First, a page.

Archive for ‘Uncategorized’

May 16, 2014

Startup Iceland 2014 Hackathon – What the Hack?

makerbot_wiredHackathons are a timeboxed meetup to build and make something valuable. The Startup Iceland Hackathon is scheduled at Reykjavik University on May 31st and June 1st, did I mention there is a $1000 price money for the best hack. We provide the space, refreshments like Pizza and Caffeine drinks (yes, you will be working through the night) So who can participate? anyone! yes, anyone… and it is free to participate. Have you always had an idea that you just did not take the time to build? bring a couple of your friends and/or partner and form your team and create away. We have seen some amazing things being build within 36 hours during the past two hackathons.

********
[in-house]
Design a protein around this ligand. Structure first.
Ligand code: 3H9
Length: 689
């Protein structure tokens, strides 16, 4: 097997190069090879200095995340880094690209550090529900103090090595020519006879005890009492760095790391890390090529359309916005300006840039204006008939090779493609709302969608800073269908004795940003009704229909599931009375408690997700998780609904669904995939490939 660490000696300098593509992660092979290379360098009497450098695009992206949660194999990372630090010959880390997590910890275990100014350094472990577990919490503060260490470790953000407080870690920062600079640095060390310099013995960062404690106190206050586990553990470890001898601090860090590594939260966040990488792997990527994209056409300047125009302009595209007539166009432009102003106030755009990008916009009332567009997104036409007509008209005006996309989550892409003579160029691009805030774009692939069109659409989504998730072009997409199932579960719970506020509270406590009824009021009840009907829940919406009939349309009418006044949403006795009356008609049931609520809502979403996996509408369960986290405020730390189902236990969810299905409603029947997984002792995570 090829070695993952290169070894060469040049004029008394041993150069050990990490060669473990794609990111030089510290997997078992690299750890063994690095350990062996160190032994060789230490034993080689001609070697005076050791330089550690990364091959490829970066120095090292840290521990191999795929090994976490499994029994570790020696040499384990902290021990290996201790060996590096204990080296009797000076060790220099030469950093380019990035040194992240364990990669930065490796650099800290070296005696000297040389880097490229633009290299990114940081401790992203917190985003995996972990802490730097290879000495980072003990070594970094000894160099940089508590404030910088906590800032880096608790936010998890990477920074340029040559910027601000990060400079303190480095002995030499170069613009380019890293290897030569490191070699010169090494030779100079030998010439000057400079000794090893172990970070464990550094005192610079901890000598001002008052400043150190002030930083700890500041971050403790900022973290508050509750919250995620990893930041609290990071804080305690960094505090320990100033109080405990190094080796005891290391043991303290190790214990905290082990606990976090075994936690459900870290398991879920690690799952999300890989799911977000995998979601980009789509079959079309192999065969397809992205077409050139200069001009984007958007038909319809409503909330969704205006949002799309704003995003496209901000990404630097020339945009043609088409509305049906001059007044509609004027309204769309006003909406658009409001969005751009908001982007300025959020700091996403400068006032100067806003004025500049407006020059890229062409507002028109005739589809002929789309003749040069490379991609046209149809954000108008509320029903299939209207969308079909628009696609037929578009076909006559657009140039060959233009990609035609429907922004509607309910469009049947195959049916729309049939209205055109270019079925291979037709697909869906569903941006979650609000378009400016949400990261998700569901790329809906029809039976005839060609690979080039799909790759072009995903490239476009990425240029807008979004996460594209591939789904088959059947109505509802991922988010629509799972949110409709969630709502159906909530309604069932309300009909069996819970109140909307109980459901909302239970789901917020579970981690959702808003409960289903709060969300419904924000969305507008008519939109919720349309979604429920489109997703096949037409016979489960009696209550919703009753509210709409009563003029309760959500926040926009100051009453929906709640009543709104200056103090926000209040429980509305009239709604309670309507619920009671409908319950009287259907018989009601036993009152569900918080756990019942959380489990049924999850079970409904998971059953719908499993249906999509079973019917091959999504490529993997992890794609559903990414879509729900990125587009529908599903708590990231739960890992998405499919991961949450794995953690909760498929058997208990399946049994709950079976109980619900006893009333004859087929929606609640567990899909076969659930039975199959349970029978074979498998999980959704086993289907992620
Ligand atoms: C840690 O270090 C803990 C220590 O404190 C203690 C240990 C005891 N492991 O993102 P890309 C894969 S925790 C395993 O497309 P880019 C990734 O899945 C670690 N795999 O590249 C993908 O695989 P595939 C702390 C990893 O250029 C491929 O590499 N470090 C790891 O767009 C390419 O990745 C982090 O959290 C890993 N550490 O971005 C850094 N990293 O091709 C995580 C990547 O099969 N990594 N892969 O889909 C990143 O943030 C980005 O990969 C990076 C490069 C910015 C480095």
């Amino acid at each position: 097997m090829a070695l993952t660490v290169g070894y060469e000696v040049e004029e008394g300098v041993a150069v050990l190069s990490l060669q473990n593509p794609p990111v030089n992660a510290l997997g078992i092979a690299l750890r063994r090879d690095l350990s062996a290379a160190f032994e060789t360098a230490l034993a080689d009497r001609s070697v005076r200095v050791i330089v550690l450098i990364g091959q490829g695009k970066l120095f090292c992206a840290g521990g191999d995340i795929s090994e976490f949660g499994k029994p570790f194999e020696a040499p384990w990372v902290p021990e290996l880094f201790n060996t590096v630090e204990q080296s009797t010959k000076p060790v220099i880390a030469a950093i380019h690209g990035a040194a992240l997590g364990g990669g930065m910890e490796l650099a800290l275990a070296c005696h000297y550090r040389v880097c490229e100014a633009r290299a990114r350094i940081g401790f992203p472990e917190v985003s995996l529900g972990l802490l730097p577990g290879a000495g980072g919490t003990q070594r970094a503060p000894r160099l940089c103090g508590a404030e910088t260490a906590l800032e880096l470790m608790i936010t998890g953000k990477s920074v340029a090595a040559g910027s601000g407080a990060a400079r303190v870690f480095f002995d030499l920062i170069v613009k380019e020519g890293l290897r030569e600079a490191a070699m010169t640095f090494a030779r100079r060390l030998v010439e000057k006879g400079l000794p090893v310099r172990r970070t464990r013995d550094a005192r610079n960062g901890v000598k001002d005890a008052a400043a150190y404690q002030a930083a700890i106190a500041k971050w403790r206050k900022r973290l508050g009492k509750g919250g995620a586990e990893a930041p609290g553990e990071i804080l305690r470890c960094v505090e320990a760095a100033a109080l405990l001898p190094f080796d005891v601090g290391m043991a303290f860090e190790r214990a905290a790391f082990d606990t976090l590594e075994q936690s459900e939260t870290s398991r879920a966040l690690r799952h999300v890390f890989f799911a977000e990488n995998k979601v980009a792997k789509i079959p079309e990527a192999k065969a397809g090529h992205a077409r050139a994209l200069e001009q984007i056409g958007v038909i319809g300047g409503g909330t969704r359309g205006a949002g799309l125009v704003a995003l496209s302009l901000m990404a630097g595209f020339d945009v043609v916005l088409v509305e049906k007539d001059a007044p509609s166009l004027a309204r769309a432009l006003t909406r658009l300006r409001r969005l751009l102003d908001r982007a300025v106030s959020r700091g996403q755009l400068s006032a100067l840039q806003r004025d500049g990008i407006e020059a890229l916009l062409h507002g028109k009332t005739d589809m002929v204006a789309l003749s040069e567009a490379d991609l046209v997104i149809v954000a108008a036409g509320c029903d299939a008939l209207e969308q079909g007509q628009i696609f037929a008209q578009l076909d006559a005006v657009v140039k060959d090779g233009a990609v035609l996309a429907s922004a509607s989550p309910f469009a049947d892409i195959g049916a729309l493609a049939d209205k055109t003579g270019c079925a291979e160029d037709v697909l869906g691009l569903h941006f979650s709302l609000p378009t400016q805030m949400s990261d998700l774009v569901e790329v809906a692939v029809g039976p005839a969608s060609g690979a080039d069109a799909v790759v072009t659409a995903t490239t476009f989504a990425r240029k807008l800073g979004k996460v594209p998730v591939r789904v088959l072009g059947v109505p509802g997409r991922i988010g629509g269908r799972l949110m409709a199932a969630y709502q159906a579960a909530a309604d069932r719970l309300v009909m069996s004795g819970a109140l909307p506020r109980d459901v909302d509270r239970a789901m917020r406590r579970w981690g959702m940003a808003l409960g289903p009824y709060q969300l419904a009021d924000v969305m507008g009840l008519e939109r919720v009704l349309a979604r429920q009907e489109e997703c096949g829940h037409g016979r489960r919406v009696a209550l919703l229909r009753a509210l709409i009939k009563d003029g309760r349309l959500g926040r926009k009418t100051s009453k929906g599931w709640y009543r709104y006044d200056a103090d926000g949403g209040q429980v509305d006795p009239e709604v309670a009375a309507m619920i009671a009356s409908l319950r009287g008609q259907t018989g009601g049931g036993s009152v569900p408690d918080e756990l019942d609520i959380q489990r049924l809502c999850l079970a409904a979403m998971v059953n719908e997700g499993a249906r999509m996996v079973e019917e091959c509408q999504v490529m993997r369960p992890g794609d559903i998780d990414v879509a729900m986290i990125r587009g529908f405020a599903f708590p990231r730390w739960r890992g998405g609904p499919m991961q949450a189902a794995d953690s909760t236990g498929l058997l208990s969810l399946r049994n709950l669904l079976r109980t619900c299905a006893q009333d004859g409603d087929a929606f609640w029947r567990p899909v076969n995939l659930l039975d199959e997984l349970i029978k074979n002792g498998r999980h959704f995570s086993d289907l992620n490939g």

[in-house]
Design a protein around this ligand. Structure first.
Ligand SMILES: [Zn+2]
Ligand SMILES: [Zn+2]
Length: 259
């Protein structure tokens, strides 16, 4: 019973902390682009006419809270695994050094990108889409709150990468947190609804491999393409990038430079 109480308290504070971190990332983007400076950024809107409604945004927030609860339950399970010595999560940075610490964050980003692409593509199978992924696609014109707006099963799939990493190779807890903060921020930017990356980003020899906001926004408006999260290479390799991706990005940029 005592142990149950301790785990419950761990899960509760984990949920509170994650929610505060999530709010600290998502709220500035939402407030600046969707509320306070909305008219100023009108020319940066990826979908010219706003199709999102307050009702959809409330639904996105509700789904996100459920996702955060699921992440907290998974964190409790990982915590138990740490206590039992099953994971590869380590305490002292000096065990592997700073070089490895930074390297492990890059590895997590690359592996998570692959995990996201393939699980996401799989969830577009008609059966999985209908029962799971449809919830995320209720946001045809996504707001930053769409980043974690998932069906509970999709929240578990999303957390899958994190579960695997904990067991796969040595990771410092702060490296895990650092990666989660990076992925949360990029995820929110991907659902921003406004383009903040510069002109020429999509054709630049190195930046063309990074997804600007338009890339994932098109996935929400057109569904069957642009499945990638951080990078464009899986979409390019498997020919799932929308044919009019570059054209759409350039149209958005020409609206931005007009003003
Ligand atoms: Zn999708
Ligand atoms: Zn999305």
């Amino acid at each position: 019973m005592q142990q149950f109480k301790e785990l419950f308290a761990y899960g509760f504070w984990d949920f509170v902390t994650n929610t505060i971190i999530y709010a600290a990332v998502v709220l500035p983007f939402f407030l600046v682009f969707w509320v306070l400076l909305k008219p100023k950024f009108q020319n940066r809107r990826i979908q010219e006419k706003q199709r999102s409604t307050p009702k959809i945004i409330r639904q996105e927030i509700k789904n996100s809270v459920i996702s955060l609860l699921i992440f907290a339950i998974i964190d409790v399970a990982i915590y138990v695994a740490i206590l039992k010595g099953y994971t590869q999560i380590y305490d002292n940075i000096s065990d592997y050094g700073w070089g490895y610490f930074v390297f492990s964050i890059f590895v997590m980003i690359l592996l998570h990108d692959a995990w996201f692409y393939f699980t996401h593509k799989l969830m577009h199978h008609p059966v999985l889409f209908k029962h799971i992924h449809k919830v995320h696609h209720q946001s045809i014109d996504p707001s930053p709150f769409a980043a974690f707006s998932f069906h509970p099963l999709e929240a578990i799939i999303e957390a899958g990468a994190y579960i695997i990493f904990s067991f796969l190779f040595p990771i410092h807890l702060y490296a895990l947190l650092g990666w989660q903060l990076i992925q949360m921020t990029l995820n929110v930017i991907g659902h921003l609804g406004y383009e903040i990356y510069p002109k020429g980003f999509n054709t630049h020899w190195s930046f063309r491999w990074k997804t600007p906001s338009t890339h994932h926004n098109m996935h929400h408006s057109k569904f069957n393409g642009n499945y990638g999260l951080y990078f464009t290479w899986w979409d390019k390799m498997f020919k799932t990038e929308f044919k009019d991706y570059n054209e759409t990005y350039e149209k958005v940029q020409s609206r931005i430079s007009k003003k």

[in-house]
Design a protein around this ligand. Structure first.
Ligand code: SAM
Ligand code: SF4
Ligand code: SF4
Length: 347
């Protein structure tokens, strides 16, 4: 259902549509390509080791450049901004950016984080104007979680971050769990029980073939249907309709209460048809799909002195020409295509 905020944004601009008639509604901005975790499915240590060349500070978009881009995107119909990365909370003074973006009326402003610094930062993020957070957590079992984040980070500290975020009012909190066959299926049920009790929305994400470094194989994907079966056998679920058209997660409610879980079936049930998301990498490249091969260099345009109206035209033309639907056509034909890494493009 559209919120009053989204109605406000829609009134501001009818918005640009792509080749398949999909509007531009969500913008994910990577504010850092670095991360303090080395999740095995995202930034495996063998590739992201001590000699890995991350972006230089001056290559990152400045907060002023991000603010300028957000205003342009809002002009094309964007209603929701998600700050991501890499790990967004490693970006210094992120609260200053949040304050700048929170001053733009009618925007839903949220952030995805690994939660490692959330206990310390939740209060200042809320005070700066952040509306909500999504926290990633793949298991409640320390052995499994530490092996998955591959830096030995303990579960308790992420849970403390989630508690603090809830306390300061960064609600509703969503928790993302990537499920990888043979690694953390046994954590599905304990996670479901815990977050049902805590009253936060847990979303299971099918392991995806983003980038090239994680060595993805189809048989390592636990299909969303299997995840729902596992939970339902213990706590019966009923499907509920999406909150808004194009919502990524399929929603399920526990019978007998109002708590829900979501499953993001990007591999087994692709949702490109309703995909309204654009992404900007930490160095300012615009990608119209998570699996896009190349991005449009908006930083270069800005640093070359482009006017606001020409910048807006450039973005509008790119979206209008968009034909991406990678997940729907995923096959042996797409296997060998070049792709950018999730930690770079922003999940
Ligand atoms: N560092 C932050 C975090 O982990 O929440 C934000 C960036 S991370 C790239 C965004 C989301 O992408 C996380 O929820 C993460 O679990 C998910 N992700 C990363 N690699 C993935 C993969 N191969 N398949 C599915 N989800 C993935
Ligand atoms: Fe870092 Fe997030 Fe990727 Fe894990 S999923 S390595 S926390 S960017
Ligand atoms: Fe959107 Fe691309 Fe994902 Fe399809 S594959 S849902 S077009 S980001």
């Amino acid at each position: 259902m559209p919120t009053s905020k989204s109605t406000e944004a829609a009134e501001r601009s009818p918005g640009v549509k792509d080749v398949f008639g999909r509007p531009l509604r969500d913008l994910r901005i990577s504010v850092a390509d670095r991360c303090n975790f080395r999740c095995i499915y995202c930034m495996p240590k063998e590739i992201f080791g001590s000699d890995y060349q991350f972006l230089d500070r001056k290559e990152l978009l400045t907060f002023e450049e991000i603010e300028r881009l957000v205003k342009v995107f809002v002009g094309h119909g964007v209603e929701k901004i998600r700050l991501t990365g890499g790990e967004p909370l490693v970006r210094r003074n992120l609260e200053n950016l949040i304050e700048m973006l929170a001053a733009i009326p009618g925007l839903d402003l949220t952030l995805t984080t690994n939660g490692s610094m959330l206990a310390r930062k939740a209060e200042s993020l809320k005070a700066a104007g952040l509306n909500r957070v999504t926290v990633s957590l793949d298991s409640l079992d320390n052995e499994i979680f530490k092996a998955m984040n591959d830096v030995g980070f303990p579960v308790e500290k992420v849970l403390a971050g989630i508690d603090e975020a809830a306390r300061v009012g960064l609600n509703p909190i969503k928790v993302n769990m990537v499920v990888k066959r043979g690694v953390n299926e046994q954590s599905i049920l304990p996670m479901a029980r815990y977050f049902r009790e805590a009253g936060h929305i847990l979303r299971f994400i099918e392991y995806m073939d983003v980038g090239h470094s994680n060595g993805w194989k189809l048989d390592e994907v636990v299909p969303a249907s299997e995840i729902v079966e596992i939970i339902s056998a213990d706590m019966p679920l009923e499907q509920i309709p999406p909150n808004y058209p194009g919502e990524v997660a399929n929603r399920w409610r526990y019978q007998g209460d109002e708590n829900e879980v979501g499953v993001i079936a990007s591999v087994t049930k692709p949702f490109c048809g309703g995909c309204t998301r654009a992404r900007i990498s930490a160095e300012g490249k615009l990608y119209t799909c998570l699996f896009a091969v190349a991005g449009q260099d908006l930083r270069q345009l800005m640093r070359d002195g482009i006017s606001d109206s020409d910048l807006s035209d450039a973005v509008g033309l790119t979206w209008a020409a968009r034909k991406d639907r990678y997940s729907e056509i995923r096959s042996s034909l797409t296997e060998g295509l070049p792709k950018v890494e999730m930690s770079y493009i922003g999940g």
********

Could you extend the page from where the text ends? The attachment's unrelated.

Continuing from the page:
Hackathons usually have a theme and this year’s theme for Startup Iceland is 3D Printing, Mobile and Wearable Computing. We will have two 3D Printers and a bunch of people to help you and make something. There is a maker in all of us, it could be software for the mobile platforms. Have you always wondered how these things get build, just show up and see how small teams come together and build things. We are really starting to see a Maker and Builder culture created in Iceland. You can see that when you walk downtown, there is so much street art and going to the Icelandic Academy of Arts I see so many students who are so creative. What if we could harness all that talent, timebox it for 36 hours, make sure the teams that show up have the tools they need, for example the 3D Printers, Cloud Computing Platform like GreenQloud and companies that are already doing this showcase some of the problems that they are facing and release an API (Application Programming Interface) so you can build something using that.